Indie Music Blog review by Anthony Medici

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My order from Clean Feed came in yesterday. In case you’ve been misled by those pop-jazz magazine polls into thinking the usual suspects (Blue Note, Verve, ECM) are actually issuing jazz recordings of real artistic interest, let me fill you in: Clean Feed, a label based, perhaps rather improbably, out of Portugal, is among the new leaders in creative improvised music. The label, started in 2001, has performed brilliantly, and features some superb artists: Anthony Braxton, Evan Parker, Tony Malaby, Steve Lehman, Charles Gayle, Paul Dunmall, and many other artists who are continuing to advance the art of creative improvised music. Where the industry “giants” look for the next Norah Jones clone, or pop star in need of a jazz “makeover,” Clean Feed is still about the “sound of surprise.” Blue Note used to be like this, but it has lost its way, depending upon a stream of reissues and pop crossovers to fill its roster and beholden to a corporate titan to adhere to the bottom line. Blue Note is now part of the “industrial-musical complex.” Anyway, the first two Clean Feeds out of the shipping box and into the CD player were Tony Malaby’s TAMARINDO, and Evan Parker’s A GLANCING BLOW.

cf099Let me say, right off, that this was two hours of riveting music. Malaby has grown into a major figure in creative improvised music, with strong exploratory instincts, and a depth of feeling that is notable. On TAMARINDO (CF 099), he is teamed with William Parker on double bass (someone please give this man a Guggenheim or MacArthur “genius” award, if only to say “thank you”) and Nasheet Waits on drums. I’ve been a bit tough on Nasheet recently, but his performance on this album is brilliant enough to almost make me retract some of what I’ve said. Parker and Waits form a rhythm section hard to surpass; note their roiling, boiling, deep, deep, deep in the pocket performance on “Floating Head.” Malaby rides this wave with intensity, intelligence, and feeling, on both tenor sax and soprano sax. I prefer him on the former, but there is little to quibble about here. This one is destined to be a classic that will repay repeated listens.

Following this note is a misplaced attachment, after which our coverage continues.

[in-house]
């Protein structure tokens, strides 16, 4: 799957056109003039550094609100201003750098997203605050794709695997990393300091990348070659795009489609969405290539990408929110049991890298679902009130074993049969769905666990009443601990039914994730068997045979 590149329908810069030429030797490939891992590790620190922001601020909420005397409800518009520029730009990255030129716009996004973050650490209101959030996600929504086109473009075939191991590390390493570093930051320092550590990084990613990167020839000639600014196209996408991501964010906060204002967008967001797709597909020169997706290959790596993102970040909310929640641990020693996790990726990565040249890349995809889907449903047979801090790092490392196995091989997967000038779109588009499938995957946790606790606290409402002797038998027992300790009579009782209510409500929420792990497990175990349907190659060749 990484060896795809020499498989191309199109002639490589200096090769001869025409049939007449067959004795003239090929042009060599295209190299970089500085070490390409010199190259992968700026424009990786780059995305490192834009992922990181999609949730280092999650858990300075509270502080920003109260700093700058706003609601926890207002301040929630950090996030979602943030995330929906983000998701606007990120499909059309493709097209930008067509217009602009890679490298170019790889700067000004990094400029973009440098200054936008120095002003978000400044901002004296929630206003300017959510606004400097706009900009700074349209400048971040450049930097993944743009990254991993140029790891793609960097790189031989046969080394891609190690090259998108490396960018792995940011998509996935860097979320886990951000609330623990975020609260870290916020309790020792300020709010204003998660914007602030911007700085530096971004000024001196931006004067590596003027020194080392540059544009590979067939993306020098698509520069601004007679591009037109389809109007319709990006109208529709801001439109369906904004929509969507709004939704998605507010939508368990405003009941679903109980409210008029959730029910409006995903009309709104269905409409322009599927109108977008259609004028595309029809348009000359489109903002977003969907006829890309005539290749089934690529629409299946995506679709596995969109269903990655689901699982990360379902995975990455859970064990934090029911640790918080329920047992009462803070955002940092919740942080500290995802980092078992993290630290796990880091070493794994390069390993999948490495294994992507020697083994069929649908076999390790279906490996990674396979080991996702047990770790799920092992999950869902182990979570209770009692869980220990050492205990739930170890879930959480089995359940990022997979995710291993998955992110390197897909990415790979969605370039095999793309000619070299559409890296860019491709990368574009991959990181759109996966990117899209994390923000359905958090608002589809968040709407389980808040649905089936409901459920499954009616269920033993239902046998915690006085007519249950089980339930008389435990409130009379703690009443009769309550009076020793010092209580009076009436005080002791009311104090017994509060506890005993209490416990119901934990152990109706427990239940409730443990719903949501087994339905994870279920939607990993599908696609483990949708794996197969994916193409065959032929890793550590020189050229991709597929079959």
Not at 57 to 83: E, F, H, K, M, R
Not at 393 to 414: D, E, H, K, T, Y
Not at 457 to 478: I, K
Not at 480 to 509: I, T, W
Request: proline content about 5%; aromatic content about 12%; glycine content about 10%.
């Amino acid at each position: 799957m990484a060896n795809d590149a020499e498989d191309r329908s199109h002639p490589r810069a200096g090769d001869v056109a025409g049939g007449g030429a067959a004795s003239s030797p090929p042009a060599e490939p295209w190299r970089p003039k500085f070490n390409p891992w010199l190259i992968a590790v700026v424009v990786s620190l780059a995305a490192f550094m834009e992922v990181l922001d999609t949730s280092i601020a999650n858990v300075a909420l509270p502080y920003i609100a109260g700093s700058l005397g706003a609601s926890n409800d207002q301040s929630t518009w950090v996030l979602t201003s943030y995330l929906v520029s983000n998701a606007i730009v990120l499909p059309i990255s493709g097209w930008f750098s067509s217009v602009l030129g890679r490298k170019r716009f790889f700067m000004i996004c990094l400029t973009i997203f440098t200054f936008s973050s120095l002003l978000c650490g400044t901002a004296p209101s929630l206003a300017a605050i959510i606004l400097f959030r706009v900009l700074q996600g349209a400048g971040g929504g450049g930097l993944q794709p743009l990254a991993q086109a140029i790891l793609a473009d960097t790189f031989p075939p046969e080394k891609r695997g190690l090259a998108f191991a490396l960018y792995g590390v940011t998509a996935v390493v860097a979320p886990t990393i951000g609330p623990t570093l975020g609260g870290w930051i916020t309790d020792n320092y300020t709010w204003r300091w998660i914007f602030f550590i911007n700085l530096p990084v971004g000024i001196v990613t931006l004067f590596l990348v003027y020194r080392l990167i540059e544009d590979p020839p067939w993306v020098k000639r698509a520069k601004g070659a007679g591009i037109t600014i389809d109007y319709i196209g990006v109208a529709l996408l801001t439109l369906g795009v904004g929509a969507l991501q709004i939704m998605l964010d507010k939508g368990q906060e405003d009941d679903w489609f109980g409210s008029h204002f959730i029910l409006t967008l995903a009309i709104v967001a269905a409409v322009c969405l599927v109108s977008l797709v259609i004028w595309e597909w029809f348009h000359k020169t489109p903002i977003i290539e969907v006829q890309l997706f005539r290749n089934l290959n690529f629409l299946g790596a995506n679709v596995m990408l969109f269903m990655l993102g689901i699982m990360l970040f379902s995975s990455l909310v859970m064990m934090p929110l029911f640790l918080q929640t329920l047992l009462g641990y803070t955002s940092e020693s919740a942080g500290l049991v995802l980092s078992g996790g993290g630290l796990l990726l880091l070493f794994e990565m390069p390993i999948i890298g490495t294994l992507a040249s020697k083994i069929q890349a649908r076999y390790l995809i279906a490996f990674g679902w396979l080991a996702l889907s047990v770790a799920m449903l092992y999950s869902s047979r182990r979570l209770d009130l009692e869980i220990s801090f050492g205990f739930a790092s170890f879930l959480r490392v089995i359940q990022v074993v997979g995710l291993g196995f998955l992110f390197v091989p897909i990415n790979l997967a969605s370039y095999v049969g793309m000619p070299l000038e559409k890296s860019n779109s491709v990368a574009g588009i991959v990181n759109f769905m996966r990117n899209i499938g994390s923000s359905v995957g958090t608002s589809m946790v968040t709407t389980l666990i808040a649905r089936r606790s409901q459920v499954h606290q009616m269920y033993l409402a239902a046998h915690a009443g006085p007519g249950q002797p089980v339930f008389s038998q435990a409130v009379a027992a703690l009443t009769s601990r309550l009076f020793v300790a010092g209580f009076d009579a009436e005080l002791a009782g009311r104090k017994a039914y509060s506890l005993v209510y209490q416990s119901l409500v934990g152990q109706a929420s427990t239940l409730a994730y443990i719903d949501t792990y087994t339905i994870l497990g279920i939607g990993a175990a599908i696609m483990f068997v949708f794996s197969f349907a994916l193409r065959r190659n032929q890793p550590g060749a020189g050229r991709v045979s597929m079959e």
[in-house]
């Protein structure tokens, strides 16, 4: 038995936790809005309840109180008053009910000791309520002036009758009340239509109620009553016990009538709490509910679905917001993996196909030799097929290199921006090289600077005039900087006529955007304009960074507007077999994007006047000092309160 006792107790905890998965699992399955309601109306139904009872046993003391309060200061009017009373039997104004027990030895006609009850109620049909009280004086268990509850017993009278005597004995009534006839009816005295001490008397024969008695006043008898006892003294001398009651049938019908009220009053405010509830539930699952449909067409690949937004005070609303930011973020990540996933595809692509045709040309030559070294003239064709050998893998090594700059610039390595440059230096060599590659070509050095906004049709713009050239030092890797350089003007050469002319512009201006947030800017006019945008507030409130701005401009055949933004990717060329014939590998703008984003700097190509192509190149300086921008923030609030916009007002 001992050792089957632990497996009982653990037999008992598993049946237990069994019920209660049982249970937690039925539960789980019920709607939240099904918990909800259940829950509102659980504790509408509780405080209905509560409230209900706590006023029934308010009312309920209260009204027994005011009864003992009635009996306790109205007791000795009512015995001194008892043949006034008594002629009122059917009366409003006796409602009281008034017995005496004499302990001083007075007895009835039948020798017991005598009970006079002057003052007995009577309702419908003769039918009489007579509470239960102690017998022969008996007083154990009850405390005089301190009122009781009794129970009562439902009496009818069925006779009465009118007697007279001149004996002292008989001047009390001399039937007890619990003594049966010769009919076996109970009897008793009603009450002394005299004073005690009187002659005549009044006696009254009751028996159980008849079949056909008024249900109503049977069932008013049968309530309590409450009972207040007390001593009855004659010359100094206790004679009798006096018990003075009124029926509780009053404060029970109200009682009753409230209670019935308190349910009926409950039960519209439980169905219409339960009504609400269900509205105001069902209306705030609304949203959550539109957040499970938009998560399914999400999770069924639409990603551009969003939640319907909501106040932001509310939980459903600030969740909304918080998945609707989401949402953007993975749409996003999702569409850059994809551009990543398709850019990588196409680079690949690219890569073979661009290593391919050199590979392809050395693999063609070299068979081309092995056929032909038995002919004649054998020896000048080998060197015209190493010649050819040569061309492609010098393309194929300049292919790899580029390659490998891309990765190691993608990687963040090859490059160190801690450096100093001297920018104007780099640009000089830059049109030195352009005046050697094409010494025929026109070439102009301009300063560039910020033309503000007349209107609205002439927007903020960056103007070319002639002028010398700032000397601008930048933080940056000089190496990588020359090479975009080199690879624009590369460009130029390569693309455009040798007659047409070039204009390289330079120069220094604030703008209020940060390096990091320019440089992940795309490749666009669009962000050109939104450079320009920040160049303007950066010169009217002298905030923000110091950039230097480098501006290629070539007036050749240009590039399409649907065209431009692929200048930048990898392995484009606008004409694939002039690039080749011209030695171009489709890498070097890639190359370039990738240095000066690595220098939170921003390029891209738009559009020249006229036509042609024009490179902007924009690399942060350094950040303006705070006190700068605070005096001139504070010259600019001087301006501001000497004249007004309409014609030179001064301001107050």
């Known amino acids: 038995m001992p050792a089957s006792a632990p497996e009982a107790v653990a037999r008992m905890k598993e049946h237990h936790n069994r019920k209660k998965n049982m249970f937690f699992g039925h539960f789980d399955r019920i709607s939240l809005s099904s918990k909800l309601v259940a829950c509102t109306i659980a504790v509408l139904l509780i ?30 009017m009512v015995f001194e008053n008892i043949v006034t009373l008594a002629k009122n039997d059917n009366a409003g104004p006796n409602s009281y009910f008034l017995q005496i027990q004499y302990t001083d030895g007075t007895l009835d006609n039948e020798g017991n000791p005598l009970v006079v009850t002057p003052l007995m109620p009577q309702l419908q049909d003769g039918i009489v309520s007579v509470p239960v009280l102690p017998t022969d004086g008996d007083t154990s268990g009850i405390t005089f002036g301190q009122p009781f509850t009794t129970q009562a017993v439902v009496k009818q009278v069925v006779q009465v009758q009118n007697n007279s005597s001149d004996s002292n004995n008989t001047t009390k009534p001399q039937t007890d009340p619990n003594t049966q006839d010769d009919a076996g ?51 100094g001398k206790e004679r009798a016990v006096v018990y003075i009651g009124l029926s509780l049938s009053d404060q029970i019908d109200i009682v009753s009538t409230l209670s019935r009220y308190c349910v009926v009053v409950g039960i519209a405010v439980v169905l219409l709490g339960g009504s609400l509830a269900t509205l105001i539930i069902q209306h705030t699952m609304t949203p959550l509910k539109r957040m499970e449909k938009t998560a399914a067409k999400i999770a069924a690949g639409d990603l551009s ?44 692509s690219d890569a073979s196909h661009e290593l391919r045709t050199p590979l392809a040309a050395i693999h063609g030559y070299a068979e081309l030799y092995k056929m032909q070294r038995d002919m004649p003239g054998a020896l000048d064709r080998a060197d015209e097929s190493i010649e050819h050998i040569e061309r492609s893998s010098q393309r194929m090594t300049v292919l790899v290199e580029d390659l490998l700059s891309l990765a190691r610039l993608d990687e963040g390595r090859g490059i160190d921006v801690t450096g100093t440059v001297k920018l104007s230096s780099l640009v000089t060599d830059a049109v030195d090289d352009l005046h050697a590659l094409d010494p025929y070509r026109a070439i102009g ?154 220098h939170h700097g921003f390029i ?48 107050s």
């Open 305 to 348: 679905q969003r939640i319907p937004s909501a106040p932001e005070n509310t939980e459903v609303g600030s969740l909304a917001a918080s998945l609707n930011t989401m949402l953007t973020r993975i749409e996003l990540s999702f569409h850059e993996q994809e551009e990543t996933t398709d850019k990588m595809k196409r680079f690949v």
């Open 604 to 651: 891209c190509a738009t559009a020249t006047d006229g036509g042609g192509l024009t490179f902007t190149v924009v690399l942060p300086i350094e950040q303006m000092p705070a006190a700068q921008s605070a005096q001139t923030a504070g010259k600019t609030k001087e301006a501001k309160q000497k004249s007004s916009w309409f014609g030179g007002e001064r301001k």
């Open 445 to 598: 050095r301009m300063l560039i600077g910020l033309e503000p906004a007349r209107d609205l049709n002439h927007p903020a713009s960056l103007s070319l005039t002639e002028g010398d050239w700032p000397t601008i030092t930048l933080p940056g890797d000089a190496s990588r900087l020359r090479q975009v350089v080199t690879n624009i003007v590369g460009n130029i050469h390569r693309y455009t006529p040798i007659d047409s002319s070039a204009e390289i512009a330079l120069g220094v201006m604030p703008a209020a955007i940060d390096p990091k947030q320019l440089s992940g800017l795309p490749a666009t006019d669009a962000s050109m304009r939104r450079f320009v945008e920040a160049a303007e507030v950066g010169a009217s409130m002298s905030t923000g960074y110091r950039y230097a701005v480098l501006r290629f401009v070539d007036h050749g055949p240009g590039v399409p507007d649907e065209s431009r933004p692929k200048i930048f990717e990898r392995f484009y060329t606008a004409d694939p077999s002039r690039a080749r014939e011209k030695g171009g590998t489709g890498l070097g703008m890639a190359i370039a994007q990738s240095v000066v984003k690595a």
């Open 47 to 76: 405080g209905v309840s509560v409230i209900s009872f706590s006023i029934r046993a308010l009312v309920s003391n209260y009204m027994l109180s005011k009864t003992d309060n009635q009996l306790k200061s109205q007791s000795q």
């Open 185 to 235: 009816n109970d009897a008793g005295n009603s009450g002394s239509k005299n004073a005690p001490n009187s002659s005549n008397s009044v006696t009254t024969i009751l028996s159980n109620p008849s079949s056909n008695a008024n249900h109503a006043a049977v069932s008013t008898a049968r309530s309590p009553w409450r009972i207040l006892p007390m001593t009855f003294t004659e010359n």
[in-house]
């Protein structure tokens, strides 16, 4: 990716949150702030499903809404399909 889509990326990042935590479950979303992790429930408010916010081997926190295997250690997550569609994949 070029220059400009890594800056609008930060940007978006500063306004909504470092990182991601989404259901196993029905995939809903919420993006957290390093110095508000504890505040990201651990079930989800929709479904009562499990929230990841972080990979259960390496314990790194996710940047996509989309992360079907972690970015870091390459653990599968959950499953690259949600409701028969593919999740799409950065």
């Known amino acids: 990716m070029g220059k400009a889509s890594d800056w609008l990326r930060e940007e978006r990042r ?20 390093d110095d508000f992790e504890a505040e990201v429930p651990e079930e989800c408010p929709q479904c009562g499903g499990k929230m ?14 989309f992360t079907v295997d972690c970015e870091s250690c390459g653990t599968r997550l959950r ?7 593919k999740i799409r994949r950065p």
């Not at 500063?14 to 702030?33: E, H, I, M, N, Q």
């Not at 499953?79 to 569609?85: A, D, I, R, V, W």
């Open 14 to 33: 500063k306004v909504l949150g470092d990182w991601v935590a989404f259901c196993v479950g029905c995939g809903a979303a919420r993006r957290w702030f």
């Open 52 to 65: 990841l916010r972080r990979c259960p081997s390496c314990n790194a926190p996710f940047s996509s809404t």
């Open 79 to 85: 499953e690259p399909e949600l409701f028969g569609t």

cf-0851A GLANCING BLOW (CF 085) features the Master, Evan Parker, on tenor and soprano sax, with John Edwards on double bass, and Chris Corsano on percussion. Corsano might be the best drummer you never heard of. The album consists of two lengthy cuts, the title track, and “Out of the Pocket.” The album was recorded at the Vortex in London on August 24, 2006, in front of a live audience, although that is not apparent until the end of the album. I was totally sucked into this performance, with its almost paranormal level of interplay amongst the group, its deep intelligence, and its creative improvising. You will not get this on Blue Note. You will not get this on Verve. You will likely not even get this on ECM, which still sputters to life once in a while, but which often settles for sonic wallpaper. “Clean Feed” delivers what it implies: a direct transmission of the artist’s vision to the listener. Notes and Miscellany: Will wonders never cease? Jazz Times cover story is on John Zorn, an interesting interview of Zorn with Bill Milkowski. The other cover features are more typical JT: “Marcus Roberts Returns”– did we care that he ever left?. “Melody Gardot: The Next Norah?”- words fail me (however, this article epitomizes what is wrong with jazz and the mainstream jazz mags). “Wynton & Branford Reviewed”- can we stand it? JT also has an article on Benny Golson, I suppose on the premise that Downbeat had the same article last month. I suppose they can’t help playing Frick and Frack, since they feed from the same PR stream. Speaking of Downbeat, their cover article on “Diana Krall: Loss, Love, & Confidence” is purely embarrassing. Jazz Festivals: All the magazines are featuring jazz festival sections and advertisements. Since space here is limited, I shall only say that many, too many, of the festivals that bill themselves as “jazz festivals” are larded (I use that word advisedly) with pop and “jazz lite” acts that have little to do with jazz. Folks, step out of the commercial rubbish and get a “clean feed.”

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